How did you become interested in photography?
I’ve always been an artistic person and viewed things in maybe a different way to other people, but it wasn’t until about 4-5 years ago that I discovered photography, probably through finding the work of Sally Mann and Norman Jean Roy, that I discovered a whole new world of visual art. I was fascinated by the way these artists were able to capture a specific moment in time that couldn’t be recreated and I somewhat wanted to create my own little worlds from my own imagination and photography was an outlet for me to do that.
How you find their work?
Searching all over the Internet for different imagery which I was fascinated by, which then led me on to discovering young photographers on Flickr such as Alex Stoddard and Rosie Hardy- making me join the website myself.
Were you doing any kind of art before that? Did picking up a camera seem daunting in the face of their work?
I was very into painting and still am, but I wouldn’t say I’m able to create imagery like I can with photography. Although, famous painters are a great inspiration when it comes to my work and I like to incorporate painterly styles to my images.
When I first started out I would say it wasn’t daunting, but I was more inspired by what they were creating and wanted to learn and create as much as I could to produce work as beautiful as theirs.
How’d you go about figuring out how to pull off the conceptual styles Rosie and Alex utilize?
Completely trial and error. I never used any kind of tutorials, I wanted to figure out everything on my own and use every tool I could possibly use, which I’m still discovering new ones today; whether that be in-camera settings, or editing techniques. I then carried forward the techniques which worked out well, and tried to improve on the ones that didn’t- which over a period of time, lead me to the style of photography I create today.
And what is it you’re after in an image? Are you structuring a narrative?
The images I make are essentially a visual of my imagination- and I create worlds from my imagination which are somewhat more interesting than reality, that the viewer can be transported to for a short moment. I also try to create emotional images, which the viewer can connect to and feel a sense of happiness/sadness when they do, similar to what I may have been feeling when I created the image. I want an image I create to tell a million different stories, and hopefully the viewer can create one of their own when they view it.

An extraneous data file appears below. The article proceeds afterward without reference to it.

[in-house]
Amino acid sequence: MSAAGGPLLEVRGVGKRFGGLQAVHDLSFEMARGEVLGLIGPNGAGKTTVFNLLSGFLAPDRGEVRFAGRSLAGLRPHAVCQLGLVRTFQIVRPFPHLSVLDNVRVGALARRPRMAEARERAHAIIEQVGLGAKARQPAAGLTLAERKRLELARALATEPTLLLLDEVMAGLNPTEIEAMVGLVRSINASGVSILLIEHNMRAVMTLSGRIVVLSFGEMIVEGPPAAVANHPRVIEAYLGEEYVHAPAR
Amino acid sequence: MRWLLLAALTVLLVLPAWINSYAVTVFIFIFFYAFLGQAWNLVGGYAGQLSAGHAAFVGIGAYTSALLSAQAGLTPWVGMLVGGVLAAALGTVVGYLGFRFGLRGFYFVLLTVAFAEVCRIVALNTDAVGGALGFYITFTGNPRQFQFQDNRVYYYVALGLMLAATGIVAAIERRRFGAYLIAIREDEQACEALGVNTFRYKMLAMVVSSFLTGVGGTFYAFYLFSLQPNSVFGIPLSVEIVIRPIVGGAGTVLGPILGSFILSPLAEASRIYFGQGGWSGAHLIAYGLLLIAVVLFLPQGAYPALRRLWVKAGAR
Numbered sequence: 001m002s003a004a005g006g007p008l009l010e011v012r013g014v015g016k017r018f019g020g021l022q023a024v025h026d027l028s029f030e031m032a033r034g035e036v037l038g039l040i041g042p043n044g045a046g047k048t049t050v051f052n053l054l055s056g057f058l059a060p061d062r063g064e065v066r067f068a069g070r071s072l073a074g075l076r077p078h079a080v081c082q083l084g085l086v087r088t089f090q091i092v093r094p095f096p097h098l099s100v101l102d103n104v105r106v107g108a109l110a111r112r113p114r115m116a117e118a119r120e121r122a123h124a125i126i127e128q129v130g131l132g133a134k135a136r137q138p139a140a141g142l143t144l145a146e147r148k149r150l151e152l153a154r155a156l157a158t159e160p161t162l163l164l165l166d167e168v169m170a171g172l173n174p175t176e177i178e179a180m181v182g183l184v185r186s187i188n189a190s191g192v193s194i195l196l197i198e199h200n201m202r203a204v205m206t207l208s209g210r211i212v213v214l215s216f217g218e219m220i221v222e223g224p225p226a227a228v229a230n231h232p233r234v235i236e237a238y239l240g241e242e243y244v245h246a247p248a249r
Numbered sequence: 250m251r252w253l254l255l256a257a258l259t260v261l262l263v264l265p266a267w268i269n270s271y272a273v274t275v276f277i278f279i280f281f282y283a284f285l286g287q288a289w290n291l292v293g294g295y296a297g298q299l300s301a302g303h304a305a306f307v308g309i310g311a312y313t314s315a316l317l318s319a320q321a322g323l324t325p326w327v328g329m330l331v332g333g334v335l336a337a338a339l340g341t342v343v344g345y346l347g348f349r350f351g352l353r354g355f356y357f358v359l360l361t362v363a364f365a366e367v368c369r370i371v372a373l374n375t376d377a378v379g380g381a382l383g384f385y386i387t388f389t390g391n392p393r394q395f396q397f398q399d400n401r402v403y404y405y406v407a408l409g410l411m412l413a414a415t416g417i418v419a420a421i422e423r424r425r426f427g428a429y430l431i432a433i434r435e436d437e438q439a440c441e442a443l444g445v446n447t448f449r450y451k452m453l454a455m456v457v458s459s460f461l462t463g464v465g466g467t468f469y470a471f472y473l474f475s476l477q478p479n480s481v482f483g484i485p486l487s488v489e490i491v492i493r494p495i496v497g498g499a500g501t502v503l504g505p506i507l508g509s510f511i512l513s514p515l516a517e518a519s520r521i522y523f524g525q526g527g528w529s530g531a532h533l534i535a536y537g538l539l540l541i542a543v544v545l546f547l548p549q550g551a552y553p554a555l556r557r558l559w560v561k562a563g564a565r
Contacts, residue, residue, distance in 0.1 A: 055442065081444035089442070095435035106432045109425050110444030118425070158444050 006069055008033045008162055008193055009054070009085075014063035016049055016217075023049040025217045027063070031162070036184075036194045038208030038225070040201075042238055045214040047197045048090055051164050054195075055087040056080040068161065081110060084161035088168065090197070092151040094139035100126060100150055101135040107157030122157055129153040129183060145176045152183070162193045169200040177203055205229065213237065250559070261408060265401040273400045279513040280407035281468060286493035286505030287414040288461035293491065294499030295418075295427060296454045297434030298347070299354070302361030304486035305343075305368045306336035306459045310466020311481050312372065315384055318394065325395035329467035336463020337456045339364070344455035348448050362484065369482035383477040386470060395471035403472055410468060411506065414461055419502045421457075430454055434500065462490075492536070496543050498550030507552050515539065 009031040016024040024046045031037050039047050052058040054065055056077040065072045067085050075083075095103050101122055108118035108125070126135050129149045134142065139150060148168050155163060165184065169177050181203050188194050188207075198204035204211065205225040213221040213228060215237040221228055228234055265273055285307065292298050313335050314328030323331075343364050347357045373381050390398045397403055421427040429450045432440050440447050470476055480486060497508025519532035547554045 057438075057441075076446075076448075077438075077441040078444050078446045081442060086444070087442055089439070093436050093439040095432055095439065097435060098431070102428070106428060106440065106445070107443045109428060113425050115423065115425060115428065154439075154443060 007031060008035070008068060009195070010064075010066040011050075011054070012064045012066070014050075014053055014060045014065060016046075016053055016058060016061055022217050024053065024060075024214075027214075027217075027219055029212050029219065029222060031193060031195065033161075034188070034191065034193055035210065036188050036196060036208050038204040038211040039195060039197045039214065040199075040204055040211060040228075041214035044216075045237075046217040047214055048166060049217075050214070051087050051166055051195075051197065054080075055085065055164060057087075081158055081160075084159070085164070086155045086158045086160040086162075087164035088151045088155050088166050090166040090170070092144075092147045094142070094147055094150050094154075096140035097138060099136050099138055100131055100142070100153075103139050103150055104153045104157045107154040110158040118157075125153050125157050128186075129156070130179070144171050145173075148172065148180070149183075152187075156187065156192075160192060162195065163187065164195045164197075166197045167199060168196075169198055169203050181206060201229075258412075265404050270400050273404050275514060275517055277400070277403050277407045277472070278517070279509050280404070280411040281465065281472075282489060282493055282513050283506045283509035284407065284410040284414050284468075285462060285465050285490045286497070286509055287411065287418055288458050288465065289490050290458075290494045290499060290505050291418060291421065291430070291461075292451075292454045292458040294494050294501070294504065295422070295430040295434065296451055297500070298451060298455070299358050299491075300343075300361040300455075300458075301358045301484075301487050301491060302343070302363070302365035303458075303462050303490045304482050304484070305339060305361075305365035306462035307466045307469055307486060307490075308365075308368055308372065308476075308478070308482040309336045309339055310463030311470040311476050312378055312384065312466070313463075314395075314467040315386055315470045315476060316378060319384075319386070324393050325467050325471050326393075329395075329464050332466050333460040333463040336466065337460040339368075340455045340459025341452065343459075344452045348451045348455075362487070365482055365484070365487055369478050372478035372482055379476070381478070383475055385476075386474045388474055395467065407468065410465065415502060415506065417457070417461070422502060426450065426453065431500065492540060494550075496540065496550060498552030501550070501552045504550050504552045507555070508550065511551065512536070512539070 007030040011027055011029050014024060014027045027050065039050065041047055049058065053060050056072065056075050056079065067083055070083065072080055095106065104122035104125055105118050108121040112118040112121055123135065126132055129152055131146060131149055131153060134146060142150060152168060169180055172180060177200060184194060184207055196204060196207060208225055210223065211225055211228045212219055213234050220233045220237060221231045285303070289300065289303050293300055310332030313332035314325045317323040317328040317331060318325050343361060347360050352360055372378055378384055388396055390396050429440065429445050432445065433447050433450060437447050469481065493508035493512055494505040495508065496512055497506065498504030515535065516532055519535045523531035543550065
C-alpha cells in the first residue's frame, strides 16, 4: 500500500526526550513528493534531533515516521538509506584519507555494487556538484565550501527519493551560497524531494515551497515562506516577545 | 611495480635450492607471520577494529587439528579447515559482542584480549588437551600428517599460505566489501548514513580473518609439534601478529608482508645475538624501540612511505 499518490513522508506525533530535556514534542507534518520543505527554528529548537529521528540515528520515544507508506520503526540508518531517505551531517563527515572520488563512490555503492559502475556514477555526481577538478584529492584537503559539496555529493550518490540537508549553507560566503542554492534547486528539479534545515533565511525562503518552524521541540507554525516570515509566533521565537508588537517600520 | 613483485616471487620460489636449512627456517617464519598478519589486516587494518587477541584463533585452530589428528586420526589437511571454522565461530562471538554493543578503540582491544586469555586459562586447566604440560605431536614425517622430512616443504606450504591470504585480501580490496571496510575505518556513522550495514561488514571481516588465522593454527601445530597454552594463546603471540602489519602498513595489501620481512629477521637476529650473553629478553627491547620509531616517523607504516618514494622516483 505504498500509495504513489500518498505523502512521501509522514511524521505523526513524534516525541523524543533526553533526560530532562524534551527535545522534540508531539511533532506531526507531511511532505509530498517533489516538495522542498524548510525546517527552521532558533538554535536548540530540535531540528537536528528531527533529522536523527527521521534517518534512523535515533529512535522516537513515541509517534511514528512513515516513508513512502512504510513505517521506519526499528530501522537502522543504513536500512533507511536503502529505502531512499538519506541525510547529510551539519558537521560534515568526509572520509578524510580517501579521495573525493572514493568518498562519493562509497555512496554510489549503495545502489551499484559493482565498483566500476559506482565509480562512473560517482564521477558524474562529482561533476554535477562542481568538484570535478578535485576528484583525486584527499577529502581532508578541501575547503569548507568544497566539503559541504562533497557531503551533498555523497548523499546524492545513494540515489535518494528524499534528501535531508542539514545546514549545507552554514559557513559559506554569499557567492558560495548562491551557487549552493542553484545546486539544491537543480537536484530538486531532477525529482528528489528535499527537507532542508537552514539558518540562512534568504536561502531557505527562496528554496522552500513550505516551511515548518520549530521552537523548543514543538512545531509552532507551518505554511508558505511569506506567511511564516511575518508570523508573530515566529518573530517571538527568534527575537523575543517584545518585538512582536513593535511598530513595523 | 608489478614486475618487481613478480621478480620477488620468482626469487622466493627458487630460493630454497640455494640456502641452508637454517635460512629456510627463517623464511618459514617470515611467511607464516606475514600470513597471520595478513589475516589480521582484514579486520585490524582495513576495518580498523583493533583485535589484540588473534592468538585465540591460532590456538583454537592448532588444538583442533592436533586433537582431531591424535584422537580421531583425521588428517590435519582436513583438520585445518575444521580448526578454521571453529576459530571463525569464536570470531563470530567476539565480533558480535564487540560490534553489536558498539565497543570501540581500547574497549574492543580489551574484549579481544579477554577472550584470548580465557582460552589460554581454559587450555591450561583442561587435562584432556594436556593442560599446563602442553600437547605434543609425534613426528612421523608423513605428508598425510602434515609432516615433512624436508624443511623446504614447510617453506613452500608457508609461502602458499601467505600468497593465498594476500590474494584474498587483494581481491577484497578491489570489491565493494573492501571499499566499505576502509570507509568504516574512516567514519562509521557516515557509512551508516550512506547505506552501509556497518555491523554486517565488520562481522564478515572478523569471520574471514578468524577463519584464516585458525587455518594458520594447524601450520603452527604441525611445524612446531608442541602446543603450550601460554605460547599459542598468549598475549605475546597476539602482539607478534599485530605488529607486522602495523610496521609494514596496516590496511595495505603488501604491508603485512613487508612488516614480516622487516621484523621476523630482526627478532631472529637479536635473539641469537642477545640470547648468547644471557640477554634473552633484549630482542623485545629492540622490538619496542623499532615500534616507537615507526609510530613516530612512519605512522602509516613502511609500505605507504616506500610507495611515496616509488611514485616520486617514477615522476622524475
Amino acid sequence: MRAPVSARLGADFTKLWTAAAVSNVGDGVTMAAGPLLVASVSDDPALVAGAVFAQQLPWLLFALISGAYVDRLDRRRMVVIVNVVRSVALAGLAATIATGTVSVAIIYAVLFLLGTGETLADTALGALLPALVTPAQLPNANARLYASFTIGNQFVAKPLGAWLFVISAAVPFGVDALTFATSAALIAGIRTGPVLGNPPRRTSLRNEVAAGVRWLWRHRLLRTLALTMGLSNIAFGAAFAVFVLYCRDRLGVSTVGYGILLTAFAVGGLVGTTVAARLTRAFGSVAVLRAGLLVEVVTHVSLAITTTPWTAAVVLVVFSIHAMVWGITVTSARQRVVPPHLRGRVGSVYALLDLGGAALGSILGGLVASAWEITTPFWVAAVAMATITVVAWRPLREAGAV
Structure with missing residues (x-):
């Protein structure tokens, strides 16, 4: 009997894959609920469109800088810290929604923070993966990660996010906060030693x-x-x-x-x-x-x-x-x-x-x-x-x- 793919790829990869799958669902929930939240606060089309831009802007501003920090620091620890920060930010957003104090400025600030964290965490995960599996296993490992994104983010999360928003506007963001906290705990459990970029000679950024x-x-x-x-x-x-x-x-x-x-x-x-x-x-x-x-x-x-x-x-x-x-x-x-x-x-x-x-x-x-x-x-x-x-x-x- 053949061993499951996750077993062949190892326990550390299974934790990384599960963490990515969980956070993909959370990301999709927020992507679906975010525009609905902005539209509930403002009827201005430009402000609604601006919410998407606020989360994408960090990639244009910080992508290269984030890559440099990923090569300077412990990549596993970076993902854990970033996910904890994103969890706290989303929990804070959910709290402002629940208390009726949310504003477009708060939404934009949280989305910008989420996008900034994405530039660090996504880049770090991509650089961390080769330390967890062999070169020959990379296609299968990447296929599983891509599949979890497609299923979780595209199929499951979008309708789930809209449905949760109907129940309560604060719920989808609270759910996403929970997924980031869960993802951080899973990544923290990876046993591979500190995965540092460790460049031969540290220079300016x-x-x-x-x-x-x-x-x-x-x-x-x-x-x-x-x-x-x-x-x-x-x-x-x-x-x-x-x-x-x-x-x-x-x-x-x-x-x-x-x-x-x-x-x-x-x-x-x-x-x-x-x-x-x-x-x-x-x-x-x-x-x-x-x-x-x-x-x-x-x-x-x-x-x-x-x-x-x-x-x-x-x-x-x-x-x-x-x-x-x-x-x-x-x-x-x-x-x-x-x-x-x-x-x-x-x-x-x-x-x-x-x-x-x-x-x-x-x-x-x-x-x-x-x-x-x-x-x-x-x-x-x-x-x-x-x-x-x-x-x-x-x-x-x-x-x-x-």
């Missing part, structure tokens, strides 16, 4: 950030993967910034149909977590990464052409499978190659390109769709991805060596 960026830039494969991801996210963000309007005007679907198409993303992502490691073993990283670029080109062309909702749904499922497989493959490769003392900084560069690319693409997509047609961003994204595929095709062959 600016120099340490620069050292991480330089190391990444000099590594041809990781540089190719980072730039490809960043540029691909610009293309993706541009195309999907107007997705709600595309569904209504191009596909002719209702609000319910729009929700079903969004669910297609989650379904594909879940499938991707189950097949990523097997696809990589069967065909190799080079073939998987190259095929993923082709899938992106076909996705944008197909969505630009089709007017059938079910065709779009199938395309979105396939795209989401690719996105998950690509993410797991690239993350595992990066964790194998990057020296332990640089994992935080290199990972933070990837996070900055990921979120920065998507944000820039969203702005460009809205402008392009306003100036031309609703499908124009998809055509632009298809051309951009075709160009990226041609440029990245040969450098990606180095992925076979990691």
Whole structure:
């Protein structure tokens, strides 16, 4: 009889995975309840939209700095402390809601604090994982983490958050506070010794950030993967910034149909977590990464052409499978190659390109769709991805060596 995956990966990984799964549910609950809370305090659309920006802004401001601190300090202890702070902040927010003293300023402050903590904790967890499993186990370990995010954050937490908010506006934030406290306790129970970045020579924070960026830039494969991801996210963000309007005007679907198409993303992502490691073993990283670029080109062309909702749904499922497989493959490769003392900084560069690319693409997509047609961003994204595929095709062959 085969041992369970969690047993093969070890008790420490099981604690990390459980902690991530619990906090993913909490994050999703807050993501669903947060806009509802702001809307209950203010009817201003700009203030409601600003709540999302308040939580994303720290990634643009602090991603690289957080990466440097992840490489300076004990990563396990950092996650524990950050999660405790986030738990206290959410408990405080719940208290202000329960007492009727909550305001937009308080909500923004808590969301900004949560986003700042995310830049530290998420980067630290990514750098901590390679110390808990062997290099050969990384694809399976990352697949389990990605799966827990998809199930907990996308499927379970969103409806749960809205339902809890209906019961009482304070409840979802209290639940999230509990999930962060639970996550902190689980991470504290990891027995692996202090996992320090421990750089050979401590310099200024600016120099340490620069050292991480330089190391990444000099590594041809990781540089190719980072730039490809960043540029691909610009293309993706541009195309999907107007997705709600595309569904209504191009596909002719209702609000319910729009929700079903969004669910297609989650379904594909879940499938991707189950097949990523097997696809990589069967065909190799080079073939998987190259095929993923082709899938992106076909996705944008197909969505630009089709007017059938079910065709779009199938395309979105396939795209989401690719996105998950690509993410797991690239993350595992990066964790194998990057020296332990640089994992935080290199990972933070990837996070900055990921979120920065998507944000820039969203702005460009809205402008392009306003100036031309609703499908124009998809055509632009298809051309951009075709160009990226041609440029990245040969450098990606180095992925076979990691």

Are you still finding yourself inspired by other photographers, or do you pull from other places?
Of course, work I see from other photographers is always inspiring to me and makes me want to go outside and shoot like nothing else. I also seek inspiration from music, almost always editing my images listening to songs which I want the mood to reflect. Film is also something which I find inspiring, and tend to create visuals based around concepts from films I love.
Do you ever get the urge to make films?
I think I would like to try it out more in the future but from what I’ve tried already, it hasn’t proven to be my strongest craft!
What haven’t you liked about the films you’ve already done?
I think maybe I haven’t invested enough time in making films for them to be of quality, although I enjoy doing it so hopefully in the future I will get an opportunity to spend more time on it
And do you have a plan…do you have a professional goal for the next few years?
I wouldn’t say I have a plan necessarily, I have goals which I would love to achieve and have set myself, but I never really like to plan my future, but instead prefer to live for the present and do what I can to make my future as best as possible. I guess for the next couple of years my goals would be to continue doing what I love and taking pictures, to travel around the world and hopefully have another exhibition.
Do you have a sense for where you want to improve as a photographer, what aspects you want to work on?
I think I’m a bit of a perfectionist when it comes to my work and I’m my harshest critic, so I’m constantly trying to improve my images and I always want my next image to be my best one. As far as direction goes, I would say I’m heading towards fashion photography, but I’m always going to have a fine art element to my work as the more conceptual and gritty side to photography interests me the most. I never like to create a direction for my work though as it normally ends up not working, I think it’s important to go along with what’s working best, improving on what isn’t working, and to push yourself to experiment.
For more in-depth interviews with fantastic photographers, check out The Photographic Journal.